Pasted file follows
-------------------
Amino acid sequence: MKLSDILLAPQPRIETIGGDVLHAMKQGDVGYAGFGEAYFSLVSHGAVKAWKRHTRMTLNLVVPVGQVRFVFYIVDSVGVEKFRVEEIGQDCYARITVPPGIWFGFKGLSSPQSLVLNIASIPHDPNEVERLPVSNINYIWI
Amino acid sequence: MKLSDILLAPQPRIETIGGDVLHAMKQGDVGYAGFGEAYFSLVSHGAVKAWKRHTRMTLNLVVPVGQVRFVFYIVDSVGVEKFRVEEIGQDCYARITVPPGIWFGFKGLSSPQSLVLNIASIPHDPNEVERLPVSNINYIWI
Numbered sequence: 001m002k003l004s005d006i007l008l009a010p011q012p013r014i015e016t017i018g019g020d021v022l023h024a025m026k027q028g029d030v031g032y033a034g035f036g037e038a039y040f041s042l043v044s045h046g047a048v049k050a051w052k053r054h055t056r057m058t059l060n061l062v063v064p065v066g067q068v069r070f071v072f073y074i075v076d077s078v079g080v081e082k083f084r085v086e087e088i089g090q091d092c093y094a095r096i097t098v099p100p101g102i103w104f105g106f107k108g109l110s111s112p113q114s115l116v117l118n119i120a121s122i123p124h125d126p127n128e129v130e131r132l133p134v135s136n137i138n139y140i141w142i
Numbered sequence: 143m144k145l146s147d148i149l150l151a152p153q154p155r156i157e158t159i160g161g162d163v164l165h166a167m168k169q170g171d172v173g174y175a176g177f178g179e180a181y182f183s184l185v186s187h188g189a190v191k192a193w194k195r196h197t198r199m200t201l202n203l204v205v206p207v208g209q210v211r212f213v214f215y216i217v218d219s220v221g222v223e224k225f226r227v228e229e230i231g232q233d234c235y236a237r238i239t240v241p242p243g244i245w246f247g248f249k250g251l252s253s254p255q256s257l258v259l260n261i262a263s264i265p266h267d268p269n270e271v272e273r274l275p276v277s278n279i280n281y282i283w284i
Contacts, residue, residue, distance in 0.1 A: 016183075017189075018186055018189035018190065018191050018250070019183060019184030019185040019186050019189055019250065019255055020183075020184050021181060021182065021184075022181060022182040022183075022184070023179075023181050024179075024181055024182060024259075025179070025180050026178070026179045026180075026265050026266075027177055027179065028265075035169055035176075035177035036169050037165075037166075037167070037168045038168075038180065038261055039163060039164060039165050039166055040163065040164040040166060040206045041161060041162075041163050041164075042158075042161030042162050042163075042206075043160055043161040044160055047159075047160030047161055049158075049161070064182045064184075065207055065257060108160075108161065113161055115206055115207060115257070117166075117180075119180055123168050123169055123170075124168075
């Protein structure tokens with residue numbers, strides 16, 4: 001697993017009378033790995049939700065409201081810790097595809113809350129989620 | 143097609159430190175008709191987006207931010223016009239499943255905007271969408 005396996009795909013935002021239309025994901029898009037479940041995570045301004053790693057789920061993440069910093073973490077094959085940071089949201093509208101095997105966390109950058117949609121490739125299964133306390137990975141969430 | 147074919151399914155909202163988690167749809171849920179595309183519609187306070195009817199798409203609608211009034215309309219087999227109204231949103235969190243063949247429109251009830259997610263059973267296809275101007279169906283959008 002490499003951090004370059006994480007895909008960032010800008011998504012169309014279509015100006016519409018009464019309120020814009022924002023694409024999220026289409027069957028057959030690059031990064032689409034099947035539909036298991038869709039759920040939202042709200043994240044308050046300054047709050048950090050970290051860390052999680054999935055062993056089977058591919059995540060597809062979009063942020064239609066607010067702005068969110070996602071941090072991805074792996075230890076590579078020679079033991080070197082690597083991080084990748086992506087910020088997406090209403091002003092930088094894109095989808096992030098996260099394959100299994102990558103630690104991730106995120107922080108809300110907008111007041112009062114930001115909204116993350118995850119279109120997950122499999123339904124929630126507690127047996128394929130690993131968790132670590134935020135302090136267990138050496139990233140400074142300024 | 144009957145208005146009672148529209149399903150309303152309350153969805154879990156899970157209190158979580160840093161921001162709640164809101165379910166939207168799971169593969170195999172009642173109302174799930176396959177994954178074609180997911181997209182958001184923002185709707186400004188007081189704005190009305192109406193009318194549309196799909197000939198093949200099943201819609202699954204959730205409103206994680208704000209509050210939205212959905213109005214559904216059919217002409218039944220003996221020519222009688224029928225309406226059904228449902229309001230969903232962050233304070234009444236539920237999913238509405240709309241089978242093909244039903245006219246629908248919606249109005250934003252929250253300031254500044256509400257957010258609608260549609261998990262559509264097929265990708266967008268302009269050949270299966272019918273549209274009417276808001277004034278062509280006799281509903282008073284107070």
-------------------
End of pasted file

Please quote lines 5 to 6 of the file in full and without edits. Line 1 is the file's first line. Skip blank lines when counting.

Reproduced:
Contacts, residue, residue, distance in 0.1 A: 016183075017189075018186055018189035018190065018191050018250070019183060019184030019185040019186050019189055019250065019255055020183075020184050021181060021182065021184075022181060022182040022183075022184070023179075023181050024179075024181055024182060024259075025179070025180050026178070026179045026180075026265050026266075027177055027179065028265075035169055035176075035177035036169050037165075037166075037167070037168045038168075038180065038261055039163060039164060039165050039166055040163065040164040040166060040206045041161060041162075041163050041164075042158075042161030042162050042163075042206075043160055043161040044160055047159075047160030047161055049158075049161070064182045064184075065207055065257060108160075108161065113161055115206055115207060115257070117166075117180075119180055123168050123169055123170075124168075
């Protein structure tokens with residue numbers, strides 16, 4: 001697993017009378033790995049939700065409201081810790097595809113809350129989620 | 143097609159430190175008709191987006207931010223016009239499943255905007271969408 005396996009795909013935002021239309025994901029898009037479940041995570045301004053790693057789920061993440069910093073973490077094959085940071089949201093509208101095997105966390109950058117949609121490739125299964133306390137990975141969430 | 147074919151399914155909202163988690167749809171849920179595309183519609187306070195009817199798409203609608211009034215309309219087999227109204231949103235969190243063949247429109251009830259997610263059973267296809275101007279169906283959008 002490499003951090004370059006994480007895909008960032010800008011998504012169309014279509015100006016519409018009464019309120020814009022924002023694409024999220026289409027069957028057959030690059031990064032689409034099947035539909036298991038869709039759920040939202042709200043994240044308050046300054047709050048950090050970290051860390052999680054999935055062993056089977058591919059995540060597809062979009063942020064239609066607010067702005068969110070996602071941090072991805074792996075230890076590579078020679079033991080070197082690597083991080084990748086992506087910020088997406090209403091002003092930088094894109095989808096992030098996260099394959100299994102990558103630690104991730106995120107922080108809300110907008111007041112009062114930001115909204116993350118995850119279109120997950122499999123339904124929630126507690127047996128394929130690993131968790132670590134935020135302090136267990138050496139990233140400074142300024 | 144009957145208005146009672148529209149399903150309303152309350153969805154879990156899970157209190158979580160840093161921001162709640164809101165379910166939207168799971169593969170195999172009642173109302174799930176396959177994954178074609180997911181997209182958001184923002185709707186400004188007081189704005190009305192109406193009318194549309196799909197000939198093949200099943201819609202699954204959730205409103206994680208704000209509050210939205212959905213109005214559904216059919217002409218039944220003996221020519222009688224029928225309406226059904228449902229309001230969903232962050233304070234009444236539920237999913238509405240709309241089978242093909244039903245006219246629908248919606249109005250934003252929250253300031254500044256509400257957010258609608260549609261998990262559509264097929265990708266967008268302009269050949270299966272019918273549209274009417276808001277004034278062509280006799281509903282008073284107070």